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## Advanced pathfinding with robot in 3D

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### #21snowmanZOMG  Members

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Posted 14 September 2012 - 12:36 PM

The author was one of my professors while I was in school. He's very smart. I find the book very useful for understanding the problems at a theoretical, abstract level, but it has very little to offer (perhaps none) when it comes to code examples. If you're mathematically inclined, you shouldn't have any problems.

### #22Emergent  Members

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Posted 28 September 2012 - 06:57 AM

I'm with snowman. As a starting point, I always direct people to Steve LaValle's book. Another very good book is this one.

The state of practice for robot planning is essentially this:

1. Use an RRT to generate some path -- any path -- in the configuration space (i.e., space of joint angles) from start to goal. The resulting path will not be optimal in any sense, but it can be computed quickly and it gets from point A to point B, which is the most important thing.

2. Smooth the path. There are varying strategies for this, and there is a little less consensus about the details, but the gist is that you do some combination of throwing out intermediate points in the path, and running splines (usually cubic) through the remaining points. In lower dimensions, this is what algorithms like "string pulling" aim to solve.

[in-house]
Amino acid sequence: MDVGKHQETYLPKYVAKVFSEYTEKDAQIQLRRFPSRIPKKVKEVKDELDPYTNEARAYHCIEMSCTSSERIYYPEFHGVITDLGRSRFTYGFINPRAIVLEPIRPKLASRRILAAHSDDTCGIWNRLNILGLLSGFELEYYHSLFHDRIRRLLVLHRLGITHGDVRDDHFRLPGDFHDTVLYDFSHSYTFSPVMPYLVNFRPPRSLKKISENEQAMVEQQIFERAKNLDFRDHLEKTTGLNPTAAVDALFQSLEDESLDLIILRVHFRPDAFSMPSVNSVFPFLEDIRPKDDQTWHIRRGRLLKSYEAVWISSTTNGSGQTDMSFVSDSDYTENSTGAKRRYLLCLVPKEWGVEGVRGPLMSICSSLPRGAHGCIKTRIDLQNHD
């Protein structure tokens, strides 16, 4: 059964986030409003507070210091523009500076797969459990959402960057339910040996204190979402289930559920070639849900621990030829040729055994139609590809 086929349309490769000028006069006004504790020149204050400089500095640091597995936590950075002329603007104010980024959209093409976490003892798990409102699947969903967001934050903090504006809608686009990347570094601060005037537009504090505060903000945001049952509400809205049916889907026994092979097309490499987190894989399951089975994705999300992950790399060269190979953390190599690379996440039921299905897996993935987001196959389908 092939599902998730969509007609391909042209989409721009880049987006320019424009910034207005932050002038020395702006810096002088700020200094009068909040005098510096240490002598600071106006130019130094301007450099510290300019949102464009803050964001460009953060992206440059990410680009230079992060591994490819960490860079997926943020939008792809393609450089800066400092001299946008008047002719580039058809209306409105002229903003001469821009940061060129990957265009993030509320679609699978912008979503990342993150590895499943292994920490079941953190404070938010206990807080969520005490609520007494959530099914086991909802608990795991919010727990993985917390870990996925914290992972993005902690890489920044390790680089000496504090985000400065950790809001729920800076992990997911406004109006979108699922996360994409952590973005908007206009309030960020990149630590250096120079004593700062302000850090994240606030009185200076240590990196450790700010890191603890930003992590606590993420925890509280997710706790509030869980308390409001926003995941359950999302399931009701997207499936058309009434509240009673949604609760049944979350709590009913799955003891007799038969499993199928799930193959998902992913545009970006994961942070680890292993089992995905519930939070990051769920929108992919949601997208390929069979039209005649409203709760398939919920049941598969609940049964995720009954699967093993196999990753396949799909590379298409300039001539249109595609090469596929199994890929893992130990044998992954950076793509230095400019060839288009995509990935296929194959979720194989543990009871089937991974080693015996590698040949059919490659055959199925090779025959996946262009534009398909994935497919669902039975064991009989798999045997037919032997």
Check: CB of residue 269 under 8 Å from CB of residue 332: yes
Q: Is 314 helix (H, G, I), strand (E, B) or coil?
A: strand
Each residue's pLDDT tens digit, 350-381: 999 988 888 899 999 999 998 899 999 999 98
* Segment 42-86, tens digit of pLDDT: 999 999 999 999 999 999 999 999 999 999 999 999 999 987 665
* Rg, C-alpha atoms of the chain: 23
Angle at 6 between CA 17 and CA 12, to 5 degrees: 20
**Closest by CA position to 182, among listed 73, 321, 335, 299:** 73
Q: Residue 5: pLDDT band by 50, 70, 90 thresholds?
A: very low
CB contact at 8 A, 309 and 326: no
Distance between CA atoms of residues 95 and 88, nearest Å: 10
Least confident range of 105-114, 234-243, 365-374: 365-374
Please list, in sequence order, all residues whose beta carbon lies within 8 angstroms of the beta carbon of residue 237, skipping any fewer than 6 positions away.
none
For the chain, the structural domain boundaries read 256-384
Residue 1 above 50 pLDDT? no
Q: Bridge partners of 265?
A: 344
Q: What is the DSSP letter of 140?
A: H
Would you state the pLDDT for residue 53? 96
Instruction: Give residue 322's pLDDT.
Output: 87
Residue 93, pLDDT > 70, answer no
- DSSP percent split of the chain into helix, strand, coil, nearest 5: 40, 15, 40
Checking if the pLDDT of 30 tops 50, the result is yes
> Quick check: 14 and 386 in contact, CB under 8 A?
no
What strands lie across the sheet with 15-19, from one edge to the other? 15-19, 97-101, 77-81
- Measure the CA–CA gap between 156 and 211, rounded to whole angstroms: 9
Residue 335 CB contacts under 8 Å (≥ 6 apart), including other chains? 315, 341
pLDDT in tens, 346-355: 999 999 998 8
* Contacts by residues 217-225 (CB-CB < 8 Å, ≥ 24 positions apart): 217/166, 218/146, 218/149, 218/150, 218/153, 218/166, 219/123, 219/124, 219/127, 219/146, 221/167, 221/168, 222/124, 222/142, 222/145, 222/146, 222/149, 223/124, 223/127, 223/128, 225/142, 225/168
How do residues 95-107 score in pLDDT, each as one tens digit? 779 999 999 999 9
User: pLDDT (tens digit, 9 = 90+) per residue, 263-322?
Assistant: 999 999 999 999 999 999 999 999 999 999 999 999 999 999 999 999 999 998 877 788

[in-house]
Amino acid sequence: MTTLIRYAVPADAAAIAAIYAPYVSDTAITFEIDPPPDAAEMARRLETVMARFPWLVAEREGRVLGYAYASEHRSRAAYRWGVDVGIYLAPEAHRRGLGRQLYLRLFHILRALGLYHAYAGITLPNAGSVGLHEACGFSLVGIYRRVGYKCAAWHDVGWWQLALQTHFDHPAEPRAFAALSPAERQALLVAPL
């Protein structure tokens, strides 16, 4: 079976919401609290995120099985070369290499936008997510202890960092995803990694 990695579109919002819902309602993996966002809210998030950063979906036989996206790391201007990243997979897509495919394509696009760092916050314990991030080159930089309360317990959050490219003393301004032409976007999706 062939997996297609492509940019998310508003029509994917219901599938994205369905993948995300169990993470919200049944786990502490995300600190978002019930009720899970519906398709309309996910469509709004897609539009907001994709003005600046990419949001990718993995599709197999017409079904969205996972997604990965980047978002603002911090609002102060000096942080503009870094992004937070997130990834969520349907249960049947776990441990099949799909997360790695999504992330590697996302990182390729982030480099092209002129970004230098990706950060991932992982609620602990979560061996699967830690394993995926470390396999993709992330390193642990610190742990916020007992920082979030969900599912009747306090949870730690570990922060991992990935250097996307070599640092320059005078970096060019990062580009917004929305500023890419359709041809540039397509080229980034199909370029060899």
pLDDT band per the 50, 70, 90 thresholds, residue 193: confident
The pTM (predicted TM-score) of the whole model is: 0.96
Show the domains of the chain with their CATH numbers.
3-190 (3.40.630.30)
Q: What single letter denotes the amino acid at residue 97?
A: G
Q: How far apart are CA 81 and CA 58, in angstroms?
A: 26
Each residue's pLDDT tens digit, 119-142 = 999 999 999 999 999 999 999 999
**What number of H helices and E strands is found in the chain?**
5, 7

3. Write a feedback controller to follow the path. The standard methods (which are very similar) are "inverse Jacobian" and "Jacobian Transpose" controllers (the first reasonable Google hit is here; I also particularly like this book.)

There are some variations for the various items above, especially for part 1: Along similar lines to RRTs, there are also algorithms like RRG* that attempt to grow a random graph, and attempt to converge to a path that is actually optimal. This paper by Frazzoli's student should point you in the right direction (see the references). There are also some deterministic planners that people have had some success with; these do a combination of graph search and graph refinement (in the style of hierarchical A*).

### #23Emergent  Members

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Posted 28 September 2012 - 07:01 AM

Sorry, two links got removed from my last post in point 3; they were:

3. Write a feedback controller to follow the path. The standard methods (which are very similar) are "inverse Jacobian" and "Jacobian Transpose" controllers (the first reasonable Google hit is here; I also particularly like this book.)

### #24Fuzsy  Members

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Posted 30 September 2012 - 01:19 PM

Thanks Emergent,

I am currently learning a lot from replies, links and books I got here at the forum.

I have managed to get something working but there is still a long way to go. My current solution is based on Hierarchical A*.

My goal is to be able make a motion plan in less than 1 second. At the moment I am down to a average of 450 ms, but out of 1400 test positions 50 fails to find a plan. At least within 40 seconds.

40 seconds equal approximately 6000 branches searched.

I will look in to RRT. It seems like something I could use. Thanks again.

### #25Emergent  Members

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Posted 30 September 2012 - 05:49 PM

Oh! Also: Although I 100% understand if you want to write your motion planner from scratch as a learning experience, you might want to be aware of two existing pieces of software that can make your life easier:

1. ROS: The Robotic Operating System. This runs on top of Linux and manages message-passing, etc; it gives a modular way to write robotics software.

2. OMPL: The Open Motion Planning Library. This implements a variety of planners including RRTs, and is available as a ROS package.

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